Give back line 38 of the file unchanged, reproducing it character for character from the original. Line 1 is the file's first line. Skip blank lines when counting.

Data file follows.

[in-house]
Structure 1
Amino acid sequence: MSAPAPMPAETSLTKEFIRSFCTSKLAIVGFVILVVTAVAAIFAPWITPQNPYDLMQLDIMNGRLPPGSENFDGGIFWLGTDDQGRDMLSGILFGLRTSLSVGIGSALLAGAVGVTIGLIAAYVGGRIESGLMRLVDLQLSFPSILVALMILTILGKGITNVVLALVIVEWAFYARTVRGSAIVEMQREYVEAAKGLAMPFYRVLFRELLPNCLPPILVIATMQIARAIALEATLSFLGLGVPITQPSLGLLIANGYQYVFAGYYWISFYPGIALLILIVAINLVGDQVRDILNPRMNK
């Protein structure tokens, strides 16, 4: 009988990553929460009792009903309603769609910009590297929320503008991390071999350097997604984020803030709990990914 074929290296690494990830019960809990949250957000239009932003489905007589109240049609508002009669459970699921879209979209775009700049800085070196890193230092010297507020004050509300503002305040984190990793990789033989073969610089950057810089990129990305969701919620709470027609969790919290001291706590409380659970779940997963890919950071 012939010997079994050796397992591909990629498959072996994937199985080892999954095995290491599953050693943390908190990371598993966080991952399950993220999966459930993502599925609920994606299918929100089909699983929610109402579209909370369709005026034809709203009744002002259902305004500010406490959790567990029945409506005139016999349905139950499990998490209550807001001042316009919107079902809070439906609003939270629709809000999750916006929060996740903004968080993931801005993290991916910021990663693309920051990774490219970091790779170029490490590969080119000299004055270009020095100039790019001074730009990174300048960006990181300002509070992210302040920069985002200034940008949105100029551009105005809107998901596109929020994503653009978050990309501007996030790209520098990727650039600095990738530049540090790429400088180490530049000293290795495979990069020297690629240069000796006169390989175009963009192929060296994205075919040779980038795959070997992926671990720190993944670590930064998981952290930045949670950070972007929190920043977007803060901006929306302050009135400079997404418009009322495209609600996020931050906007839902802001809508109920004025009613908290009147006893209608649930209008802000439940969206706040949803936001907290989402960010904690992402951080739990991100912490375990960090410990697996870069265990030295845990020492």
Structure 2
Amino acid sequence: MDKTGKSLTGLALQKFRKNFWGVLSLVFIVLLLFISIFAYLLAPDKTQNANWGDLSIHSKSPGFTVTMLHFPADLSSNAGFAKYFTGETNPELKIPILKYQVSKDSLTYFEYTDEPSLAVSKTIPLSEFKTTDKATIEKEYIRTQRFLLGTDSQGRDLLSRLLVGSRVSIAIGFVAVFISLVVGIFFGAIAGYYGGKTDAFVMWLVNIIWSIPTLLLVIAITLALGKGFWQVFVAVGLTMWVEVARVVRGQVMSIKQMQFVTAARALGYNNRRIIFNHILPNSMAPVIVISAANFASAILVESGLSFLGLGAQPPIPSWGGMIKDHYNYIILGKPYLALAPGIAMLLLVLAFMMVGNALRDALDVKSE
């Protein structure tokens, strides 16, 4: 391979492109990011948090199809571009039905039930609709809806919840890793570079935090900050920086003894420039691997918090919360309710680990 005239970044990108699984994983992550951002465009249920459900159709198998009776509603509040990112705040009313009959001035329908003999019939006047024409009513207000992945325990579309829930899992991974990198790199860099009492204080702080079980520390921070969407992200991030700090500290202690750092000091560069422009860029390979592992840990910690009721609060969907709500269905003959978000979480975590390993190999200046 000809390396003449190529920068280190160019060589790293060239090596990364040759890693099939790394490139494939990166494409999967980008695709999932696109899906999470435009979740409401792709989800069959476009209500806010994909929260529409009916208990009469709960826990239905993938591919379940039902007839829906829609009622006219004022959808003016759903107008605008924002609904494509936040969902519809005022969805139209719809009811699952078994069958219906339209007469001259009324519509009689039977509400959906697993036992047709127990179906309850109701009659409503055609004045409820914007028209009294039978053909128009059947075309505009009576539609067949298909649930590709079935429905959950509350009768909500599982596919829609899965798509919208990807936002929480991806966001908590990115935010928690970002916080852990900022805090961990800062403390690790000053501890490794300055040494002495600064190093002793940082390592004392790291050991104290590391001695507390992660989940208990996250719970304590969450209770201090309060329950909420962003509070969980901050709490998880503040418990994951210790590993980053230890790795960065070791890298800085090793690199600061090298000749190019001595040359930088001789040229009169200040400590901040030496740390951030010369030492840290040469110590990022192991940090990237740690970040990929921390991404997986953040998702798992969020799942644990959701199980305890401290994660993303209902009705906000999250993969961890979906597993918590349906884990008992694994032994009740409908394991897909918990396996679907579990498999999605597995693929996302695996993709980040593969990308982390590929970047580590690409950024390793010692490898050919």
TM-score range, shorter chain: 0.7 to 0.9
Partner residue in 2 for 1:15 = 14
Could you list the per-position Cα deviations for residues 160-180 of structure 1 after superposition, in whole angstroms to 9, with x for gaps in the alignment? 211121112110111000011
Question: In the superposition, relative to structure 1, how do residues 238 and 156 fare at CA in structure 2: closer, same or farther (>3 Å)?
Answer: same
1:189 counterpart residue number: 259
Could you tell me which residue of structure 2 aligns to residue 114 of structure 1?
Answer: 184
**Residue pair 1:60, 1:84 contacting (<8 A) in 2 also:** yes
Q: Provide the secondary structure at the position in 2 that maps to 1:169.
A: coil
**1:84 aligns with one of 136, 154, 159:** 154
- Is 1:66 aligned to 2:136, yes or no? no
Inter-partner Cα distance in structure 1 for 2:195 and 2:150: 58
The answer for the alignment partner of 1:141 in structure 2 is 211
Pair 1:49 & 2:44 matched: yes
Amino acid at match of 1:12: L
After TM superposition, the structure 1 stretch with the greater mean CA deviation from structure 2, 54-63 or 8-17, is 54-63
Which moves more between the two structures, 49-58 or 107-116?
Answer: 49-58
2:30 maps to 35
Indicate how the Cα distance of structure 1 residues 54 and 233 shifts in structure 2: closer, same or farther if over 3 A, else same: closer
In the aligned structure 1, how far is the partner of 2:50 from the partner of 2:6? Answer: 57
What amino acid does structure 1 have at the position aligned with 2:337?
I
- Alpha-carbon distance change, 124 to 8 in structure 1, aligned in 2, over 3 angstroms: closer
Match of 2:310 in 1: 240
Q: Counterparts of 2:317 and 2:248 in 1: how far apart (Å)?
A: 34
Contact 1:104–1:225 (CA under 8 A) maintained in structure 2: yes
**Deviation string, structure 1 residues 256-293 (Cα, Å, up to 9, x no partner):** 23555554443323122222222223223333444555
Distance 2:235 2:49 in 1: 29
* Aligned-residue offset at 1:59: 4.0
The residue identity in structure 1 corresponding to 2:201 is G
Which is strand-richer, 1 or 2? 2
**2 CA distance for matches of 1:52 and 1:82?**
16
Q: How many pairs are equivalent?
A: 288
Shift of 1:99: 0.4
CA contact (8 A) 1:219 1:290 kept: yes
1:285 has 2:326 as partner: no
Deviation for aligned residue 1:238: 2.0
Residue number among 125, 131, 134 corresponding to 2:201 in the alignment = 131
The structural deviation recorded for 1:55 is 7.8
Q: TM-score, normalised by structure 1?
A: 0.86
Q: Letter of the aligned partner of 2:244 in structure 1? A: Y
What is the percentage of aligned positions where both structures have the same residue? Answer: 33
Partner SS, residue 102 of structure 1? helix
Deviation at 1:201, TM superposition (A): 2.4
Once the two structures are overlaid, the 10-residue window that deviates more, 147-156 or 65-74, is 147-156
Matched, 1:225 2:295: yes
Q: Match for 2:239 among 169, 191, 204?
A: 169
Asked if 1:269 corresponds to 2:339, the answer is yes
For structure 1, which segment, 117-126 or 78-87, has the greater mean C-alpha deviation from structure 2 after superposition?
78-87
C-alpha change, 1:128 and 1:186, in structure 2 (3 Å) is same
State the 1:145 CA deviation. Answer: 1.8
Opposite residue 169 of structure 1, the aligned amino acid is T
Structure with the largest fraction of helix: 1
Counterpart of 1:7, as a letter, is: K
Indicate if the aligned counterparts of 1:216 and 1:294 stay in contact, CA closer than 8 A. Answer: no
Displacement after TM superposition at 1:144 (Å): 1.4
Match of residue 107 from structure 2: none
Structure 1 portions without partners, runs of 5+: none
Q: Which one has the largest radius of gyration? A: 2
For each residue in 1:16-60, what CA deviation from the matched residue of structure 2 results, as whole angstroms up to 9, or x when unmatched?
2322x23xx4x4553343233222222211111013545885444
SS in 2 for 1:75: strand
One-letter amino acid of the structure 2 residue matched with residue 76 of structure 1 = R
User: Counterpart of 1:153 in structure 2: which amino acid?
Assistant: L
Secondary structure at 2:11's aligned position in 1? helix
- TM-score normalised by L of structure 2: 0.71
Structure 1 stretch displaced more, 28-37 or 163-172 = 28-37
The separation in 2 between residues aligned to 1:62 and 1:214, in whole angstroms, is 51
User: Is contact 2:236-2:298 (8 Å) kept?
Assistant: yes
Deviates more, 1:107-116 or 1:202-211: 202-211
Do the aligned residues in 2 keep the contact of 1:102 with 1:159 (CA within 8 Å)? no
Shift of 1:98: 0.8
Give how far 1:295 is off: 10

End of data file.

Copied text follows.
**Deviation string, structure 1 residues 256-293 (Cα, Å, up to 9, x no partner):** 23555554443323122222222223223333444555